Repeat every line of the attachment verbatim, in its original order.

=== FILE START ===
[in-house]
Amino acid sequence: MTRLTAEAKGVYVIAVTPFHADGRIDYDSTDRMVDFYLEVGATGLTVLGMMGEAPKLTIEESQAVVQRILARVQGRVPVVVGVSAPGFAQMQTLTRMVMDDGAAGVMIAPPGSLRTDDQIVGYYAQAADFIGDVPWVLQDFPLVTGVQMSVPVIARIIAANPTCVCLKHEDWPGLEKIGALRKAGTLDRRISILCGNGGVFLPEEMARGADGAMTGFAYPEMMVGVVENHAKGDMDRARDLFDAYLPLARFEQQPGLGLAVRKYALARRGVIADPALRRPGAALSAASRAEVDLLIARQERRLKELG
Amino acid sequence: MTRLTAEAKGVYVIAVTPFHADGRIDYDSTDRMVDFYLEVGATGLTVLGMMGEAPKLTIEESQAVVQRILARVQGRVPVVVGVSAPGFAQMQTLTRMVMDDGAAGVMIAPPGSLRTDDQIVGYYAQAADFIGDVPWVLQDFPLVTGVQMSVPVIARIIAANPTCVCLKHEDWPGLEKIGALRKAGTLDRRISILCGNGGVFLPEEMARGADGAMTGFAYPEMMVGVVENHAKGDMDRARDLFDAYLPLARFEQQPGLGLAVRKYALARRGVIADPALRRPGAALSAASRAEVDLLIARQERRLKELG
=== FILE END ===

[in-house]
Amino acid sequence: MTRLTAEAKGVYVIAVTPFHADGRIDYDSTDRMVDFYLEVGATGLTVLGMMGEAPKLTIEESQAVVQRILARVQGRVPVVVGVSAPGFAQMQTLTRMVMDDGAAGVMIAPPGSLRTDDQIVGYYAQAADFIGDVPWVLQDFPLVTGVQMSVPVIARIIAANPTCVCLKHEDWPGLEKIGALRKAGTLDRRISILCGNGGVFLPEEMARGADGAMTGFAYPEMMVGVVENHAKGDMDRARDLFDAYLPLARFEQQPGLGLAVRKYALARRGVIADPALRRPGAALSAASRAEVDLLIARQERRLKELG
Amino acid sequence: MTRLTAEAKGVYVIAVTPFHADGRIDYDSTDRMVDFYLEVGATGLTVLGMMGEAPKLTIEESQAVVQRILARVQGRVPVVVGVSAPGFAQMQTLTRMVMDDGAAGVMIAPPGSLRTDDQIVGYYAQAADFIGDVPWVLQDFPLVTGVQMSVPVIARIIAANPTCVCLKHEDWPGLEKIGALRKAGTLDRRISILCGNGGVFLPEEMARGADGAMTGFAYPEMMVGVVENHAKGDMDRARDLFDAYLPLARFEQQPGLGLAVRKYALARRGVIADPALRRPGAALSAASRAEVDLLIARQERRLKELG